The other meaning of “Asir” is prisoner. Without transportation, Asiri Muslims were imprisoned in their barren unwelcoming land. Given transportation we have all become their prisoners. Terrorist threats are enough to turn us into prisoners being herded into lines waiting for the next bomb to go off.
When we finally hunt down Ibrahim al-Asiri somewhere in Yemen, which once laid claim to Asir and has a history of contending with the House of Saud, among the tribes who have feuds and grudges as old as the desert sands, we will be nowhere closer to winning the War on Terror. Not so long as we have our heads stuck in those same sands.
Demographics alone dictate that there will be more young men to replace al-Asiri than there will be to replace the American men going off to war against his cronies. And in a polygamous society, even upper class young Saudi men are not only replaceable, they are competition for the harems of the Bin Ladens, the elderly men trying to make their paradise on earth with the help of Viagra and wealth. Many of these young men will have university educations and ample encouragement to join the Jihad to carve out more territory for the Dar-al-Islam.
Some will emigrate to London or New York and carve out professional roles for themselves while participating in Muslim political groups to build their influence. Others will make bombs or blow them up. Either way they will be doing what young men in the Arabian Desert have always done, raiding to expand the territory of Islam, and the prestige of their families and tribes.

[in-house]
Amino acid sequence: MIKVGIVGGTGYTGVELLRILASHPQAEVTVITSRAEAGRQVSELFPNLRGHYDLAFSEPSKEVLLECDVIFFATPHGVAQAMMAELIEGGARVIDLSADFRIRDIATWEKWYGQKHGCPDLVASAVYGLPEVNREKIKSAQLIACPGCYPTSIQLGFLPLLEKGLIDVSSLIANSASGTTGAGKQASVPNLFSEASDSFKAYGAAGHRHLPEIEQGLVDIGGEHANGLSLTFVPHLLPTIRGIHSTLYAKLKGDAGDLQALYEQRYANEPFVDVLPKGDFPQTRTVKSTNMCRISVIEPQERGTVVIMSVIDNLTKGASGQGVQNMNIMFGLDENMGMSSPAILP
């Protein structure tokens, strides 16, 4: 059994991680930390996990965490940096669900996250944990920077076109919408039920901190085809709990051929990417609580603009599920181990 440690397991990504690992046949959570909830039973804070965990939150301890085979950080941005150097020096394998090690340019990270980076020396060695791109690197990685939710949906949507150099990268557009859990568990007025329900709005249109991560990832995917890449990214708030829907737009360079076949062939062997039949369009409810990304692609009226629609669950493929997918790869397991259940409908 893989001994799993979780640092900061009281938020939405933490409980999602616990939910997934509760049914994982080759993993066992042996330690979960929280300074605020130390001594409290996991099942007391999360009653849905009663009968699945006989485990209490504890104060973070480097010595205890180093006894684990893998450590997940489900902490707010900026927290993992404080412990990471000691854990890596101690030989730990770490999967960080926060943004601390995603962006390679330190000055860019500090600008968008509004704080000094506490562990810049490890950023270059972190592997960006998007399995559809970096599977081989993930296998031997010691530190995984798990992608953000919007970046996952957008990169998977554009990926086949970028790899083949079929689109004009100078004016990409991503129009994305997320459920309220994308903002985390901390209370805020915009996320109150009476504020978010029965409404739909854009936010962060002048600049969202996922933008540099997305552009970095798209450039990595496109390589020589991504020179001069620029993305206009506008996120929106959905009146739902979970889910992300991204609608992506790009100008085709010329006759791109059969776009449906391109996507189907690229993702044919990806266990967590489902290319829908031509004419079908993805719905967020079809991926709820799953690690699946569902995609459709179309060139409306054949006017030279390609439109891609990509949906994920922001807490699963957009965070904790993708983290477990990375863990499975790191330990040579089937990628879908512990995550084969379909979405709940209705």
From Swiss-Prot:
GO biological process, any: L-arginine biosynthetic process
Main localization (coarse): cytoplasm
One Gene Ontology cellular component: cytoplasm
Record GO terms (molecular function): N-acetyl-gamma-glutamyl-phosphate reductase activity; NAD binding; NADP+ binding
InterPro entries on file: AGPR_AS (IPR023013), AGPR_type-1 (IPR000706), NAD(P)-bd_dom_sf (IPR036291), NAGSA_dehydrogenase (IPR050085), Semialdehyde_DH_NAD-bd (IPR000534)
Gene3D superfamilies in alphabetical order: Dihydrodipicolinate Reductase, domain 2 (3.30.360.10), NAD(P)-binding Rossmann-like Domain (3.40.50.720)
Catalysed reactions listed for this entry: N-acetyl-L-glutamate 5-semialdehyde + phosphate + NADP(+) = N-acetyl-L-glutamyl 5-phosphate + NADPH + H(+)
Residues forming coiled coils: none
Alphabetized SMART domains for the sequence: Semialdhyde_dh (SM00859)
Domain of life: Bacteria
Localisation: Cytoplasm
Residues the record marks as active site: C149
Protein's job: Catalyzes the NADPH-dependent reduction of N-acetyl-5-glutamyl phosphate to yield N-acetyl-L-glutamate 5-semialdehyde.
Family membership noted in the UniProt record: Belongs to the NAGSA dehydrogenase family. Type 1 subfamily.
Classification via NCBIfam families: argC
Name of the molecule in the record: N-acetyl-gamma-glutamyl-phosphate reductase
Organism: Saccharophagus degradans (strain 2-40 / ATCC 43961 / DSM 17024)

It’s easy to snicker at the discrepancy of force between al-Asiri, embedding his bombs in underwear, but the bomb can bring down the jet. And the Sons of Asir can bring down the West. All it takes is enough time and effort.
The demographic bomb is the most explosive of all the devices and it doesn’t show up on even the most intrusive airport scanners. Arafat called the womb of the Arab woman his strongest weapon. The House of Saud liked to say that they had built their nation with a sword of steel and a sword of flesh. These two quotes explain the miserable state of the Muslim woman and the quiet ticking of the demographic clock, the bomb whose components are veiled women, trundling in groups behind a single man, the girls exploited by Muslim ‘Asian’ sex gangs and the rising number of female converts.
The biggest component of the bomb by far is still the jet plane, the passing shape that can either be a direct weapon or an indirect one. Before the 9/11 hijackers could hijack domestic flights, they had to obtain permission to arrive here on international ones. As the domestic population increases, the next wave of terrorists, men like Nidal Malik Hasan, Tariq Menhanna and Anwar Al-Awlaki, don’t even need the planes.
As Islam proliferates so does the number of bombs; the kind that al-Asiri makes and the kind that Arafat and the House of Saud made. The kind that blow up right away and the kind that tick slowly away from generation to generation, embedding themselves into a society, undermining it, chipping away at its roots, until it is time for them to go off. But whatever kind of bombs they are, when they go off they destroy our lives and our freedoms. And when enough of them go off, then life is a bomb.
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